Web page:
Oat Milk may be the best alternative to dairy milk for frothing. It creates a rich, sweet, and creamy foam that is sure to please any coffee drinker.
Using a Steaming Wand
If you are looking to up your game a little and want to avoid using the microwave to froth your milk, a steaming wand may be something to look into. Microwaves are often tricky to heat milk evenly throughout and avoid overheating, so a steaming wand is a great alternative.
These tools are used in coffee shops by a barista and work by infusing the milk with steam. This creates tiny bubbles, called microfoam, and texture that create the amazing foam we all love. For a great Espresso Machine with a Steamer wand, click here. Below is a video detailing how to froth milk using a steaming wand.
If you don’t necessarily want to spend a couple hundred dollars on an espresso machine, you can purchase a handheld frother. They are easy to use and, best of all, cheap. I recommend the Bean Envy Milk Frother. This powerful handheld frother can give you great foam in a matter of fifteen seconds!
Using a French Press
If you have a french press, I suggest this method over the jar method. A french press works similarly to a hand-pump milk frother. First, heat up the milk and then pour it into the french press, ensuring not to overfill as the milk will increase in volume.
Pump the plunger back and forth until the froth is made. Next, add the foam to your coffee and enjoy!
Using a Jar
A final way to forth your milk if you don’t want to spend any money on a machine or device is by using a simple jar. We chose this method in our above instructions due to the fact that most everyone has an old jar sitting in their kitchen.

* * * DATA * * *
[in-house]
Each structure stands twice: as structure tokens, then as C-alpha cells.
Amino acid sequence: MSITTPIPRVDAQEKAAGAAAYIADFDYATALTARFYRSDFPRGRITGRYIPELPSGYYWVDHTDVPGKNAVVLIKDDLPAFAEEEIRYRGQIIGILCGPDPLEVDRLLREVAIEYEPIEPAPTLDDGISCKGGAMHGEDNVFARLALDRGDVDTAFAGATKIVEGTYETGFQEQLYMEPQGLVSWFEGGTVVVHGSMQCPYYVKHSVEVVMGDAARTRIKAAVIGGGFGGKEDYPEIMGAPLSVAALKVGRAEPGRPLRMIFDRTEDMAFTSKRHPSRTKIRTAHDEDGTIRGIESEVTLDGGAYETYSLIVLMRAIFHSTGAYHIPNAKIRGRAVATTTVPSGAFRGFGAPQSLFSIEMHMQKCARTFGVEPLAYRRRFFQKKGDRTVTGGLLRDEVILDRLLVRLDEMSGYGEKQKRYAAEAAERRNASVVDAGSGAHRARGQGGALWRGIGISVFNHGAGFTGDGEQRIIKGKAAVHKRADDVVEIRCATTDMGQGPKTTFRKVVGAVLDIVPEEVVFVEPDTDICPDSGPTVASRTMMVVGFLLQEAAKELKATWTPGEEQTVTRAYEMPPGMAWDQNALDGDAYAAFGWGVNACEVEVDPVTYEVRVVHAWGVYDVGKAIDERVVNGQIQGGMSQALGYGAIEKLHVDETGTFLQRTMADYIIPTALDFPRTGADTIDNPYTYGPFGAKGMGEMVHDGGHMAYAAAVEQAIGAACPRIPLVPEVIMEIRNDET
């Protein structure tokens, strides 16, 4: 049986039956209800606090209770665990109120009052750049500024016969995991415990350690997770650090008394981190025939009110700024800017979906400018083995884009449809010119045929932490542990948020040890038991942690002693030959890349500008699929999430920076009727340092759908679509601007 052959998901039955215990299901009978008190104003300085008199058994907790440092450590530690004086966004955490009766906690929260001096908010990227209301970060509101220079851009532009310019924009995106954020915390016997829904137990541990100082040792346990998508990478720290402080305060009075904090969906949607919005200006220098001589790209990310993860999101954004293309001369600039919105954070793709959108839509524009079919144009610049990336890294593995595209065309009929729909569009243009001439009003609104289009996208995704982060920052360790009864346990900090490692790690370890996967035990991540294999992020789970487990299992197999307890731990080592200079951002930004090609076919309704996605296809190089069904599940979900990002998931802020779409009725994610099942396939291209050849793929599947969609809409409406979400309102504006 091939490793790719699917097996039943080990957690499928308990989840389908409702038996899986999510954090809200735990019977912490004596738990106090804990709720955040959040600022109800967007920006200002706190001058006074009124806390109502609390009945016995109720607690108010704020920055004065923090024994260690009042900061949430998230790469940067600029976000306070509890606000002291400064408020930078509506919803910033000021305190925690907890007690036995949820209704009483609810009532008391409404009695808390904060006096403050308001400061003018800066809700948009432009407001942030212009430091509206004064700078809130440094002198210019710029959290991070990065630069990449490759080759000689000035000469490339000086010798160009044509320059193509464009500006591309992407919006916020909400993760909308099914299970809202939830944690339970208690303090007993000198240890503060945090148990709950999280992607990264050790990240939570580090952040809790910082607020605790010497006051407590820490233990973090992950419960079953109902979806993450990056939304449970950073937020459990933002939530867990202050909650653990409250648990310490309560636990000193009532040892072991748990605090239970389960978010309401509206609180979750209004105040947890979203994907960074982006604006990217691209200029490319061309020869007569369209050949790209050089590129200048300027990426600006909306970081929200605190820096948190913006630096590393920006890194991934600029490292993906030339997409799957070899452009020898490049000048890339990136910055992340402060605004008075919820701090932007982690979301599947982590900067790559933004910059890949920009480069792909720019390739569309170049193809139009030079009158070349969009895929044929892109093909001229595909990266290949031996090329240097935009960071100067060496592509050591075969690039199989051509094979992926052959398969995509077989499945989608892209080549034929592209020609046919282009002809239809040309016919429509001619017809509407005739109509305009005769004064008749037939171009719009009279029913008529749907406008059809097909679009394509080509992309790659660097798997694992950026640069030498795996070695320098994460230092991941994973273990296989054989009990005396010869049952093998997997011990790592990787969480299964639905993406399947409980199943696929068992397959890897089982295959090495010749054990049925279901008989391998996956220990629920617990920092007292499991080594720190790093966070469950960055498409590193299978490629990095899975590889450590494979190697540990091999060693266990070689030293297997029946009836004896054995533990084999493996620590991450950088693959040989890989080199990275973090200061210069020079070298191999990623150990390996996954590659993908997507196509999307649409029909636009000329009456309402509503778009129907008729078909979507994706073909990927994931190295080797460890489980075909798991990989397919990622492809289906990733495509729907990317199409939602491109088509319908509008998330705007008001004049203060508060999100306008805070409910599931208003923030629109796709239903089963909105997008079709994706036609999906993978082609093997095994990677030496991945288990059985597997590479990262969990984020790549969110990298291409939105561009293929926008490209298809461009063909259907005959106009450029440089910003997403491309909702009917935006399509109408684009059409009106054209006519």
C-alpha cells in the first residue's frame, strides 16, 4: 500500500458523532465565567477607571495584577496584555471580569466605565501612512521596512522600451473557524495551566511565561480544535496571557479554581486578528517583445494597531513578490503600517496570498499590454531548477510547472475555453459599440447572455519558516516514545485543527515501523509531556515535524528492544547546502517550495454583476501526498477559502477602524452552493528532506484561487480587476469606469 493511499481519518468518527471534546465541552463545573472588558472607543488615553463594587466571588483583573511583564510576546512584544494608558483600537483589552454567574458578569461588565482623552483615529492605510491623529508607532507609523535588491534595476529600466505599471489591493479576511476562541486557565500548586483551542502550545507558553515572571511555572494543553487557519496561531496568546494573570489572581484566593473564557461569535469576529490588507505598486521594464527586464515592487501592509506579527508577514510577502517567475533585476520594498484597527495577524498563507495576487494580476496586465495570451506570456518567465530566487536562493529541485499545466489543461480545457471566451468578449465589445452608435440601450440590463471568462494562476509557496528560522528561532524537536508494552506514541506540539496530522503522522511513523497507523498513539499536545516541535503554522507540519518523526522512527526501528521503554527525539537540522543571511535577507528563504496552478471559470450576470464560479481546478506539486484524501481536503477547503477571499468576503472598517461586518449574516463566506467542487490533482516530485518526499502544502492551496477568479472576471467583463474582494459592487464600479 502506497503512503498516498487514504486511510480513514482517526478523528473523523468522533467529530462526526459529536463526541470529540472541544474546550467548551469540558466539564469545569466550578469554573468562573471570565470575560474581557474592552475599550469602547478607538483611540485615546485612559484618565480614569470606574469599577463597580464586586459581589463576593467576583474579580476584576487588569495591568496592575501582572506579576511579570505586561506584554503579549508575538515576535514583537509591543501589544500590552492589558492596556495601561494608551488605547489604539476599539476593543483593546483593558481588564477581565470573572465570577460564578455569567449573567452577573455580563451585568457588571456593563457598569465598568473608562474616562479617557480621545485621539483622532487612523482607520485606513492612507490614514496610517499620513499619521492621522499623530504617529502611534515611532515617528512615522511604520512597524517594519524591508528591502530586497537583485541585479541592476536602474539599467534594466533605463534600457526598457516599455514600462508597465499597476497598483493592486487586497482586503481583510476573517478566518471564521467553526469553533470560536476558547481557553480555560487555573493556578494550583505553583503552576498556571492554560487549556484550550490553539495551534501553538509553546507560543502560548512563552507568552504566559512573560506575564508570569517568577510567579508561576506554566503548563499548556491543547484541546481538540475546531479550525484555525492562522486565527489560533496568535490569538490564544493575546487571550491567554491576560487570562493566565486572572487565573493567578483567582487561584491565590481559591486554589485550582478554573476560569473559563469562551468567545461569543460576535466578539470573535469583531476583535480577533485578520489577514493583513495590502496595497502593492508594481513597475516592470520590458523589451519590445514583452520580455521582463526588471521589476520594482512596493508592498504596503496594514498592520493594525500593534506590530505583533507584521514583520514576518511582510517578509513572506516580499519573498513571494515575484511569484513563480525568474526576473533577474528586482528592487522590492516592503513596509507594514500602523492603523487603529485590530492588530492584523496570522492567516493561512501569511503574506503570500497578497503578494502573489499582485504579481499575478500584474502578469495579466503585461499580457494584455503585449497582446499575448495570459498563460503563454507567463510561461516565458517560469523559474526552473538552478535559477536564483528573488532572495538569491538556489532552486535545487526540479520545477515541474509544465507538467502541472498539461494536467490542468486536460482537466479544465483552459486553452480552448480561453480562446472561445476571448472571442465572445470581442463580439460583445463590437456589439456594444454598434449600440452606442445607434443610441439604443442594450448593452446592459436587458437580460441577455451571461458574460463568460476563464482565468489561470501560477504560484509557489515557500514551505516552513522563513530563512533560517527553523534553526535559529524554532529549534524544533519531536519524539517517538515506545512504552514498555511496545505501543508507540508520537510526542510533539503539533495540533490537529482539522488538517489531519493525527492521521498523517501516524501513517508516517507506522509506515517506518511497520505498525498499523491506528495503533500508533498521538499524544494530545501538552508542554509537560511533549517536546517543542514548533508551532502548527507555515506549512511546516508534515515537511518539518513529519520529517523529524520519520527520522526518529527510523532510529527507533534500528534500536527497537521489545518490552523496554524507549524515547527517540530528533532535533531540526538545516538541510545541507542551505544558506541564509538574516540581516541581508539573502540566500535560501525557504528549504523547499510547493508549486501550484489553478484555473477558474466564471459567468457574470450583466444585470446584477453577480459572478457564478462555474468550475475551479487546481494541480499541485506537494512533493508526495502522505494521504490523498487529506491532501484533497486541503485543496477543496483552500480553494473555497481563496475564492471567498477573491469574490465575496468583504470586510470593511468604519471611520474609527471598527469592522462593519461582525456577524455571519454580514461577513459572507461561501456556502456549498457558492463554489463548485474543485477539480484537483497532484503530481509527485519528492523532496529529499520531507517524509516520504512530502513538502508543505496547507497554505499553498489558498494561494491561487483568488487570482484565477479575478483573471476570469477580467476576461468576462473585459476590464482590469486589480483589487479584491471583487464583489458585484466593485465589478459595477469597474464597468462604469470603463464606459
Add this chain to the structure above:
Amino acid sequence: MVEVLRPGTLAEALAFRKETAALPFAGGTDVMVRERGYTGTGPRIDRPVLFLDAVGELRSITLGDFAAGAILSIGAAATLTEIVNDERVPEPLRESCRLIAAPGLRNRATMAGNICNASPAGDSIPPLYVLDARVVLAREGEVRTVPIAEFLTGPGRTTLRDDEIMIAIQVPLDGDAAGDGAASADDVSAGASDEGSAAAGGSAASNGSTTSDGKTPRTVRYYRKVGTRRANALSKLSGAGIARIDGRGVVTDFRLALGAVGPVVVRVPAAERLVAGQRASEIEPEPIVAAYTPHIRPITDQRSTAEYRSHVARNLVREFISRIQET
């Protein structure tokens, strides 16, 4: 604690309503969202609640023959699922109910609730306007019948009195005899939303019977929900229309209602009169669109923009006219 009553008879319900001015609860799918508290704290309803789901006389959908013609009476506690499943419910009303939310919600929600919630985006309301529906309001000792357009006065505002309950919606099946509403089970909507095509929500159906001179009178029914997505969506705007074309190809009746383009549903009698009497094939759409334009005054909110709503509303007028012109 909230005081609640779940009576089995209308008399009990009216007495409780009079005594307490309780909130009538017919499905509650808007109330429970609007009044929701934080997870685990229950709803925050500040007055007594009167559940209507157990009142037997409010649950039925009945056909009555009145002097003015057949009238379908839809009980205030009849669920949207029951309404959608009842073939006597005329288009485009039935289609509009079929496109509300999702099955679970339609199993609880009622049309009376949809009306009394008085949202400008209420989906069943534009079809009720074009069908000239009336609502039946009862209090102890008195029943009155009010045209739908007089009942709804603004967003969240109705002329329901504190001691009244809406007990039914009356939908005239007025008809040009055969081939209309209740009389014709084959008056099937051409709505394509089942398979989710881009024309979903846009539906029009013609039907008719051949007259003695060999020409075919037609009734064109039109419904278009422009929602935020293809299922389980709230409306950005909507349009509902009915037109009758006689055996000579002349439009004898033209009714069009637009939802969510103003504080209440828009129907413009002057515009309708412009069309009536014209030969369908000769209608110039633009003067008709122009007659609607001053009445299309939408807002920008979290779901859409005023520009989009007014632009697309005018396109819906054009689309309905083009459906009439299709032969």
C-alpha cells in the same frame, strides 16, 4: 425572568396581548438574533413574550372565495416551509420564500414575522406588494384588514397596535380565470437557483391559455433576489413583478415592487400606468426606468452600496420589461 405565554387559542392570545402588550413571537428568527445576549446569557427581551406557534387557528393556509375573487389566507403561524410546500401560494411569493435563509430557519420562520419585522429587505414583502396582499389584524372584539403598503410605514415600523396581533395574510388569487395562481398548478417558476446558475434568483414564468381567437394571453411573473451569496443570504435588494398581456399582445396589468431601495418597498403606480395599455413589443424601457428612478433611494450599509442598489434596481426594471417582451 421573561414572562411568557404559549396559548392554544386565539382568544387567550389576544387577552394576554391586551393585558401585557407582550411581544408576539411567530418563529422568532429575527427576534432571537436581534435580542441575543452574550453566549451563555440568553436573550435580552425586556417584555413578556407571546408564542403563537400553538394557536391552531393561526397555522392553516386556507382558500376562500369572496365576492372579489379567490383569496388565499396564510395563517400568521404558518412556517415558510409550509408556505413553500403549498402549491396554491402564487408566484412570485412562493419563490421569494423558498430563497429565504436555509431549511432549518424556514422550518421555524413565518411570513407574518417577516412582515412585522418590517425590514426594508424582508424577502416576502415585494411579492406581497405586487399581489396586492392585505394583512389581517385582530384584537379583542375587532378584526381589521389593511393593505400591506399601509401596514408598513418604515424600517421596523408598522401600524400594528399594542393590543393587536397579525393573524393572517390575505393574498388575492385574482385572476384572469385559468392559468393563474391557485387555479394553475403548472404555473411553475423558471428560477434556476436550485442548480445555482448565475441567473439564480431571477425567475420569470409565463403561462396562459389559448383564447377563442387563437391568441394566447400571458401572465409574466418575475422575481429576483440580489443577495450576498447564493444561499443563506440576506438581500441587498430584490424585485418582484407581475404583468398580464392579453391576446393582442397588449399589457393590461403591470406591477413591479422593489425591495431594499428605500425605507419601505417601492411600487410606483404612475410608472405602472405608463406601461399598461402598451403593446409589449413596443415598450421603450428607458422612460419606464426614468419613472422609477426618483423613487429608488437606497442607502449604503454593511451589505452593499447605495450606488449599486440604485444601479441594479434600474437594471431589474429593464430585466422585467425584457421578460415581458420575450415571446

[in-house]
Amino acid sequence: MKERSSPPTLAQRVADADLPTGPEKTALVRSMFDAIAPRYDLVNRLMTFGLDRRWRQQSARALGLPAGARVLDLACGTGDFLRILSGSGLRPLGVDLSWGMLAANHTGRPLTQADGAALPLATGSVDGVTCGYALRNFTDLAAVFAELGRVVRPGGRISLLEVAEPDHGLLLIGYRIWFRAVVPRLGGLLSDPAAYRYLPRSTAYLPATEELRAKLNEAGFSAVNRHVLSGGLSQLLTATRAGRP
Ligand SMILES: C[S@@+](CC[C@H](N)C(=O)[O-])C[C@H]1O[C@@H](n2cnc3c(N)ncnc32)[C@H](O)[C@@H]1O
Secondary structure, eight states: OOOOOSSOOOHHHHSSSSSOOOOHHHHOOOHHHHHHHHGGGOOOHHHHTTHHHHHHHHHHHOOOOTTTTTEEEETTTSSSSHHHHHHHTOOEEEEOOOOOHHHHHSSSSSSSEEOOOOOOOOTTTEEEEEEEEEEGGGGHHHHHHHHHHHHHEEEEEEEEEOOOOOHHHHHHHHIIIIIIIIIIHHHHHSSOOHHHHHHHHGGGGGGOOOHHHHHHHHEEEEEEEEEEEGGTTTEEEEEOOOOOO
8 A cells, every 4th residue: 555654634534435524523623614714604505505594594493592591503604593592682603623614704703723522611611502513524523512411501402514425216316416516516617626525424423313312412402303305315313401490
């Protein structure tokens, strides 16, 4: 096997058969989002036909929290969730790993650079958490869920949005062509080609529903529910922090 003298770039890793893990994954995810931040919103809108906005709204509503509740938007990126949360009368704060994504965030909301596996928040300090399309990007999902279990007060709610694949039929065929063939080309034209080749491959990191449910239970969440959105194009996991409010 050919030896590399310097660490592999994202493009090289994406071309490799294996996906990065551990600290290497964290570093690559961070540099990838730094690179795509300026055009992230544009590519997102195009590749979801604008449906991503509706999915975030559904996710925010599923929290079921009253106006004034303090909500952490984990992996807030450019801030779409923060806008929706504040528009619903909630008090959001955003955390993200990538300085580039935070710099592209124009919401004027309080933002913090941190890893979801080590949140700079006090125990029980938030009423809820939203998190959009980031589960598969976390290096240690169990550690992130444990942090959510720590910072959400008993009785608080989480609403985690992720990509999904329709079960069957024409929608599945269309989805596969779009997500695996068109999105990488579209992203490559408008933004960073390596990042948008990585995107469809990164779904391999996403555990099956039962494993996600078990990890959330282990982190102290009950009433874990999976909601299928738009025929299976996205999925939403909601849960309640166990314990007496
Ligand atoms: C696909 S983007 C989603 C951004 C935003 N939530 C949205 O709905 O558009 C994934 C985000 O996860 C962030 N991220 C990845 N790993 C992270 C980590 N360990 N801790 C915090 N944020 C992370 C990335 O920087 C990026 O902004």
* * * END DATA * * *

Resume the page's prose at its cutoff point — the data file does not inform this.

First, you are going to fill the jar about 1/2 way full of your favorite kind of milk and securely screw the lid on. Next, vigorously shake the jar until the milk doubles in volume. Depending on what type of milk you are using, this could take up to five minutes, so be patient.
Once the milk has doubled, remove the lid and put it in the microwave for approximately 30 seconds. This will give the milk a smooth and even texture. Finally, pour or spoon foam into your coffee.
How to Make Various Coffee Art Designs
Creating those beautiful coffee art designs in your coffee will take some practice, so don’t give up if it doesn’t turn out quite right your first go around.
Below are some videos to help you with some coffee art designs. The heart is the most basic design. Once you’ve mastered that, you can move on to the tulip. The swan is the more complicated of the three shown.
Some Tips to Help you Get Started
- Hold the coffee mug and tilt it slightly away from you.
- In the other hand, hold your steamed/frothed milk about an inch above your mug and pour the milk in near the top/center. Be sure to pour slowly and steadily.
- Move milk container closer to mug and tip a bit more to slightly speed up your pouring.
- Gently move your hand back and forth to create a zig-zag pattern with milk.
- Bring the coffee mug to an upright position, slow down your pouring, and raise the milk container about an inch.
- You’re finished!
Hopefully, we’ve answered all your questions on making coffee art in regular coffee. Remember, this is an art and requires patience and practice. Don’t get discouraged if it takes you more than a couple of times to get it. It’s worth all your time and effort when you finally get to impress your friends with your new skill!